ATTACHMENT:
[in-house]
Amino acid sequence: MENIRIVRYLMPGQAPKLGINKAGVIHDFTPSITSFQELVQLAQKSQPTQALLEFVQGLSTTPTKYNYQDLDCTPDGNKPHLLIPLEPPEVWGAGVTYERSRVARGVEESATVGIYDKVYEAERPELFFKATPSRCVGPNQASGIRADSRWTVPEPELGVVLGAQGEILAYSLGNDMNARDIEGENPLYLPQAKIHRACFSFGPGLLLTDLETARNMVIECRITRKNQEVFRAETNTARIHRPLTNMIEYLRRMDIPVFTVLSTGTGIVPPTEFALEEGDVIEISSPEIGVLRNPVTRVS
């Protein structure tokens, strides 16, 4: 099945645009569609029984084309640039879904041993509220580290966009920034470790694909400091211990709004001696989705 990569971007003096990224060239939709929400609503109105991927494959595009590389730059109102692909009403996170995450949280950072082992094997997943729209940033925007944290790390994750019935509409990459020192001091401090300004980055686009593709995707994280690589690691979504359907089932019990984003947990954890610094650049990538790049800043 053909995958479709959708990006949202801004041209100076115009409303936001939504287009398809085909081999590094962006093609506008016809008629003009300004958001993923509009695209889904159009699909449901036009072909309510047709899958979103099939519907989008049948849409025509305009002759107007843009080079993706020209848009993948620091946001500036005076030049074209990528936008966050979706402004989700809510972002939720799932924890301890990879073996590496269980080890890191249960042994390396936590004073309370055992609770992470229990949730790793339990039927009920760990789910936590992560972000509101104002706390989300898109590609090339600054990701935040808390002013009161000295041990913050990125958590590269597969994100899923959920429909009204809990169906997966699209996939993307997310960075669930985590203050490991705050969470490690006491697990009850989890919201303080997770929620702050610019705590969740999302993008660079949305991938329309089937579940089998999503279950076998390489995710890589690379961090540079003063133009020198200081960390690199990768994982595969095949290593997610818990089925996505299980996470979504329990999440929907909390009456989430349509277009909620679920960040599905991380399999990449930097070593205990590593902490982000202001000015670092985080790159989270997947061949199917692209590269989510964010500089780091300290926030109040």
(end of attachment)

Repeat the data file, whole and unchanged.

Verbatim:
[in-house]
Amino acid sequence: MENIRIVRYLMPGQAPKLGINKAGVIHDFTPSITSFQELVQLAQKSQPTQALLEFVQGLSTTPTKYNYQDLDCTPDGNKPHLLIPLEPPEVWGAGVTYERSRVARGVEESATVGIYDKVYEAERPELFFKATPSRCVGPNQASGIRADSRWTVPEPELGVVLGAQGEILAYSLGNDMNARDIEGENPLYLPQAKIHRACFSFGPGLLLTDLETARNMVIECRITRKNQEVFRAETNTARIHRPLTNMIEYLRRMDIPVFTVLSTGTGIVPPTEFALEEGDVIEISSPEIGVLRNPVTRVS
């Protein structure tokens, strides 16, 4: 099945645009569609029984084309640039879904041993509220580290966009920034470790694909400091211990709004001696989705 990569971007003096990224060239939709929400609503109105991927494959595009590389730059109102692909009403996170995450949280950072082992094997997943729209940033925007944290790390994750019935509409990459020192001091401090300004980055686009593709995707994280690589690691979504359907089932019990984003947990954890610094650049990538790049800043 053909995958479709959708990006949202801004041209100076115009409303936001939504287009398809085909081999590094962006093609506008016809008629003009300004958001993923509009695209889904159009699909449901036009072909309510047709899958979103099939519907989008049948849409025509305009002759107007843009080079993706020209848009993948620091946001500036005076030049074209990528936008966050979706402004989700809510972002939720799932924890301890990879073996590496269980080890890191249960042994390396936590004073309370055992609770992470229990949730790793339990039927009920760990789910936590992560972000509101104002706390989300898109590609090339600054990701935040808390002013009161000295041990913050990125958590590269597969994100899923959920429909009204809990169906997966699209996939993307997310960075669930985590203050490991705050969470490690006491697990009850989890919201303080997770929620702050610019705590969740999302993008660079949305991938329309089937579940089998999503279950076998390489995710890589690379961090540079003063133009020198200081960390690199990768994982595969095949290593997610818990089925996505299980996470979504329990999440929907909390009456989430349509277009909620679920960040599905991380399999990449930097070593205990590593902490982000202001000015670092985080790159989270997947061949199917692209590269989510964010500089780091300290926030109040």